Compact coating to DNA conjugation

February 20, 2018

by Abhilasha "Abby" Dehankar

The aqueous transfer is working very well!

Figure 1: Fluorescence of QDs transferred into water using the three component (pyridine-water-TMAOH) system (left) and two component (pyridine-TMAOH) system (right)

During the January update, I reported the very first successful “loops-trains-tails” aqueous transfer and low pH (pH 5) buffer exchange of organic quantum dots in our lab. However, this process was accompanied with a loss of fluorescence. Additionally, the reproducibility of the procedure was yet to be tested. Therefore, this update is focused towards achievement of efficient and reproducible aqueous transfer.

Firgure 2: Structural configuration of PC3 on QD surface in water

Generally, for aqueous transfer, QDs in pyridine are mixed with excess phytochelatin-3 (PC3) in water, followed by addition of Tetramethylammonium hydroxide (TMAOH) to increase the pH of the solution. This leads to a spontaneous ligand exchange and precipitation of QDs from the organic solution. The resulting QDs are therefore highly soluble in water.

  A couple of replicates of the procedure above lead to phase separation of the three component Pyridine – Water –TMAOH mixture along with precipitation of QDs and poor solubility of QDs in water. To avoid the interference of these phase separations to our aqueous transfer, the system was converted to a two component system of completely     miscible solvents Pyridine and TMAOH. This was feasible because of the high solubility of Phytochelatin-3 in Pyridine. The modified procedure turned out to be extremely reproducible and efficient with minimal (~20%) loss in fluorescence during the complete aqueous transfer.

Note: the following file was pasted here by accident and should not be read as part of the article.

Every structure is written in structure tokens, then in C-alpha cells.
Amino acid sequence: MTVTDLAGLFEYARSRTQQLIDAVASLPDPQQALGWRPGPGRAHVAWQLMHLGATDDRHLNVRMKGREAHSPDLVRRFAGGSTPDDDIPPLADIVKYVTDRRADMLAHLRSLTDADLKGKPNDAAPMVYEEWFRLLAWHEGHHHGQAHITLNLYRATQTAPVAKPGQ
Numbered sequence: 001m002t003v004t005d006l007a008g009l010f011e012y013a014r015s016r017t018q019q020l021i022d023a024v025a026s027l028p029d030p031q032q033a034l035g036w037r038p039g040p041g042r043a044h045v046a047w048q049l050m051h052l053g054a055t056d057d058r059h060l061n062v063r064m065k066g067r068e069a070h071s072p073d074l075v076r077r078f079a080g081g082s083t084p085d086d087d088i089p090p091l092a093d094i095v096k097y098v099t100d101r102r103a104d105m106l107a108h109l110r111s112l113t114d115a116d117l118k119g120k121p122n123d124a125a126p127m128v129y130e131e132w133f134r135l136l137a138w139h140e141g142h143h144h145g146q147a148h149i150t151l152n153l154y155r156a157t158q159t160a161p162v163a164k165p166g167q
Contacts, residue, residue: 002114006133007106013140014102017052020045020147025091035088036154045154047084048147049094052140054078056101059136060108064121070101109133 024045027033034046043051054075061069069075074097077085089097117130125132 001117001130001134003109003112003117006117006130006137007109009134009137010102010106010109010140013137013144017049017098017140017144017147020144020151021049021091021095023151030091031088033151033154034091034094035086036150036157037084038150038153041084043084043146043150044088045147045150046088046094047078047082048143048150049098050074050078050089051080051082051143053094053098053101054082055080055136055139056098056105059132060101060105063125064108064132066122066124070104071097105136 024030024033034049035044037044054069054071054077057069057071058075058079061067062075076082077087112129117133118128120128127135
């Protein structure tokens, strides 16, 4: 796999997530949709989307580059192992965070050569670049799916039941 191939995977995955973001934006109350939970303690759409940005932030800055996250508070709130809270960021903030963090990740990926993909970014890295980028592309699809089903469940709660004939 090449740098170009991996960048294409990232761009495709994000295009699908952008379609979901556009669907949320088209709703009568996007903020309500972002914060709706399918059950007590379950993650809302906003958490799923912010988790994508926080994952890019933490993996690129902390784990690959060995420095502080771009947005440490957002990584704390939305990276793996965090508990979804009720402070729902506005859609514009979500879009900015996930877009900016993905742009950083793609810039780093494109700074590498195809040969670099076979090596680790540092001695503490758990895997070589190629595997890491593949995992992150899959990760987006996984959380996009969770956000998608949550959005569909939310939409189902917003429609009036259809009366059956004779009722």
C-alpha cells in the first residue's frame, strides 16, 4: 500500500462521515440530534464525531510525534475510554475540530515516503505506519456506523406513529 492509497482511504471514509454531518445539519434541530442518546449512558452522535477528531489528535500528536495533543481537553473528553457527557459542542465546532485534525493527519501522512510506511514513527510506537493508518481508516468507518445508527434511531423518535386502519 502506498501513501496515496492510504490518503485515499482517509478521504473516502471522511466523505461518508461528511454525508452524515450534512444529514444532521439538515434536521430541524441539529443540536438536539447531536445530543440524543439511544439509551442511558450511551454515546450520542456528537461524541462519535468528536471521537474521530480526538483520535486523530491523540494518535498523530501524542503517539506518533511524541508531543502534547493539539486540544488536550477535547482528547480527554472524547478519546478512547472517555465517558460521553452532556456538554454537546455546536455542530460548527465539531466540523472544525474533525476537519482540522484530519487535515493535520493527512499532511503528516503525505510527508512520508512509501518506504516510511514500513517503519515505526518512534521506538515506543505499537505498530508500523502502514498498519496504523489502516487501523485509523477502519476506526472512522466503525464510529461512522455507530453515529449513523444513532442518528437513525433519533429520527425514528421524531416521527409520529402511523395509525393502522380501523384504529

For DNA conjugation, it is essential that Phytochelatin-3 takes a structural configuration in which the carboxyl and amine groups are exposed to the aqueous environment, while the thiol anion binds with the surface (Figure 2). Carboxyl group at any pH above 2 donates a proton and exists in the form of an anion that can be detected determining the “Zeta Potential” of the surface. A negative zeta potential (-4mV) was observed on the surface of the phytochelatin-3 coated particles indicating the availability of carboxyl groups for DNA conjugation.

Further, the DNA conjugation of these QDs was performed using the standard EDC-sulfo NHS chemistry with strictly controlled reaction conditions. The QDs exhibited extreme stability with minimal fluorescence loss during the whole process. The particles were also stable in the buffer conditions required for DNA origami. However, they did not show any specific conjugation to DNA origami hinges (Firgure 3). This observation was also accompanied with ~80% recovery of DNA after conjugation. Both the results indicate unsuccessful conjugation. My current hypothesis is that the DNA conjugation was not successful because of the length of current DNA. This hypothesis roots from the ongoing challenges we are facing in conjugation of long DNA (~20 base pairs (bp)) to gold nanoparticles. Our current DNA for quantum dots is also 20 bp in length. In order to test this hypothesis, an amine terminated fluorescent dye would be tested for conjugation with quantum dots using the exact procedure. Based on these results, either the DNA or the conjugation process will be revised.

Figure 3: QD-DNA origami composites